US index futures climbed on Friday, paring this week’s losses fractionally as investors braced for jobs data that should provide clues about the pace of Fed tightening and which is expected to come in strong (whisper number at 502k, above 447k estimate, up from 210K last month; Wednesday’s ADP print was 807k, well above 410k estimate, our full preview is here) but not too strong - remember we now live in a "good news is bad news" world - or else the market will freak out that the Fed will hike even faster than is currently expected. Nasdaq futures also showed signs of recovery after a three-day selloff even as cryptocurrencies crashed again during the Asian session. As of 730am, emini S&P futures were up 4 points or 0.1%, Nasdaq futures were 0.24% higher, or 37 points and Dow futures were unchanged.Treasuries were steady, with the two-year yield heading for the biggest weekly spike since October 2019. Crude oil headed for the longest streak of weekly gains since October on tightening supplies.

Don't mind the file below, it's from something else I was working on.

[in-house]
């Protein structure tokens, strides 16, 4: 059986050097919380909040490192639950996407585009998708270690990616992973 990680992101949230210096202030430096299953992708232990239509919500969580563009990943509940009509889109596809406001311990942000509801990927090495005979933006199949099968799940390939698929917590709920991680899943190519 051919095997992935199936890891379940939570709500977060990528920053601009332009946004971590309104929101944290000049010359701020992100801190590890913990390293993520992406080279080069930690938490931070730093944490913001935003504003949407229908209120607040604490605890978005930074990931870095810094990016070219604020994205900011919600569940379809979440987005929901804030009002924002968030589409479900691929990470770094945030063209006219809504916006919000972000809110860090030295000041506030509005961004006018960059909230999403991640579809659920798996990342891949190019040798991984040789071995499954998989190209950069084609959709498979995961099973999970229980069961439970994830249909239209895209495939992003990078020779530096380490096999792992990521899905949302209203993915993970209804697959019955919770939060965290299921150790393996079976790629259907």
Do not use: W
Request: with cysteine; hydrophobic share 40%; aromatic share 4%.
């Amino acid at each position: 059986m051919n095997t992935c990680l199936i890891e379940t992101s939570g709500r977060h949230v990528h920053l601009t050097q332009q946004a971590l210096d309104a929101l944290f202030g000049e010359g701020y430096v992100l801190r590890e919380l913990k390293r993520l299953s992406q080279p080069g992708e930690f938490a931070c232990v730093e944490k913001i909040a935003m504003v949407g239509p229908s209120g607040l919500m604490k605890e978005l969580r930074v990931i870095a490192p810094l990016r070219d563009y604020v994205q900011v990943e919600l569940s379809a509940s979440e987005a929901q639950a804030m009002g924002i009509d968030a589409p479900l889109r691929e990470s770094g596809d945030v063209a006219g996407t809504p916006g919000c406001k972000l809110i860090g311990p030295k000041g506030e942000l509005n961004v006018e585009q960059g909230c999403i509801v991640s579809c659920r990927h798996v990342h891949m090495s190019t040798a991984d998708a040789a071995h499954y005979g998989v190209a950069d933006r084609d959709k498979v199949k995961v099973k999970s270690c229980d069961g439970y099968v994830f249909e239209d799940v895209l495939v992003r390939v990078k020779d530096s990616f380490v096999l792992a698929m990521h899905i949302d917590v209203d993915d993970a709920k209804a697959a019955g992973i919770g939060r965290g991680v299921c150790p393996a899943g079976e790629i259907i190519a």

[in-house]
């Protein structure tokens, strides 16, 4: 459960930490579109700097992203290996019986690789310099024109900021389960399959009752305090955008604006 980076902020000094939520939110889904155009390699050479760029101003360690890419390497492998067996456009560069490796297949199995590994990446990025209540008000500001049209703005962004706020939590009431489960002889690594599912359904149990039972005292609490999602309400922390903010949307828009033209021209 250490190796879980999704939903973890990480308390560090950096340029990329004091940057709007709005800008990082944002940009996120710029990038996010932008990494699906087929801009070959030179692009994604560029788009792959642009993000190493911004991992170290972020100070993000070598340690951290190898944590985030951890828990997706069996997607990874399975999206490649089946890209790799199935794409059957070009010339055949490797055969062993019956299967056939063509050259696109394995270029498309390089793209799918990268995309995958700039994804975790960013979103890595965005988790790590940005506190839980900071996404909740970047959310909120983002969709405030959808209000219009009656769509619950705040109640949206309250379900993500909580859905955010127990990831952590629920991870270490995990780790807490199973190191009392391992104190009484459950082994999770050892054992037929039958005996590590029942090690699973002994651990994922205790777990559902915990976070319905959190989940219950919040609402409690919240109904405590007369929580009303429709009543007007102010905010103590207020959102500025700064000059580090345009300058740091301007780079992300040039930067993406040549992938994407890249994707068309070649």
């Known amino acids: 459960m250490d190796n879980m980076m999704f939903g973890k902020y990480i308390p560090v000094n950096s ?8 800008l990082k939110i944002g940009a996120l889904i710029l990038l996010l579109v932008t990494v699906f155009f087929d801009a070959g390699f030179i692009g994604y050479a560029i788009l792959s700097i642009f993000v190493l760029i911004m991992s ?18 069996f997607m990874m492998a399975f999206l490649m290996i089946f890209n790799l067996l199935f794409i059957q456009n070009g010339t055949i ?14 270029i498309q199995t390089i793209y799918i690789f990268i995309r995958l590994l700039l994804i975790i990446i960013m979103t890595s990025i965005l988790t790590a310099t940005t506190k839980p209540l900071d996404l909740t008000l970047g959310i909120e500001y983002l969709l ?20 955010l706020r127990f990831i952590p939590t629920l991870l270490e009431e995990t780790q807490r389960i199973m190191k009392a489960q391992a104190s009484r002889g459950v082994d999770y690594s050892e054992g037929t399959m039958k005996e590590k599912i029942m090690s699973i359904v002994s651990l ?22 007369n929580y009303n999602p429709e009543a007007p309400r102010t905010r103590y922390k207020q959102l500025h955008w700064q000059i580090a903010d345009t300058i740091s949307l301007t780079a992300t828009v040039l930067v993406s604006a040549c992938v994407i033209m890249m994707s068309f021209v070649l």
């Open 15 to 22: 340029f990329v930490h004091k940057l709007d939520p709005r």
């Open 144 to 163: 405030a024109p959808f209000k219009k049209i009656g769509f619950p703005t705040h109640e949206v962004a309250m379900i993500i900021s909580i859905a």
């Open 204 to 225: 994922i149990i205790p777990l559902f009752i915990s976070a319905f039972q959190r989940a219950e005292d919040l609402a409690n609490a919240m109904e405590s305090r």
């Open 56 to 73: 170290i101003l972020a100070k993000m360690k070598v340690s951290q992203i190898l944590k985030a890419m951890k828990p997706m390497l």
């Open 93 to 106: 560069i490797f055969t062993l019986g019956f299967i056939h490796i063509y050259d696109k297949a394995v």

U.S. hiring likely more than doubled in December from the previous month to 447,000 new jobs, according to consensus projections for nonfarm payrolls. “A low figure, around 100,000-200,000, wouldn’t change the direction the Fed is preparing to take,” Ipek Ozkardeskaya, a senior analyst at Swissquote, wrote in a note. “However, a strong NFP print, and a beat on unemployment rate, have the power of boosting the Fed hawks, on the idea that the jobs market no longer needs the Fed’s support.” That “could wreak havoc in risk markets.”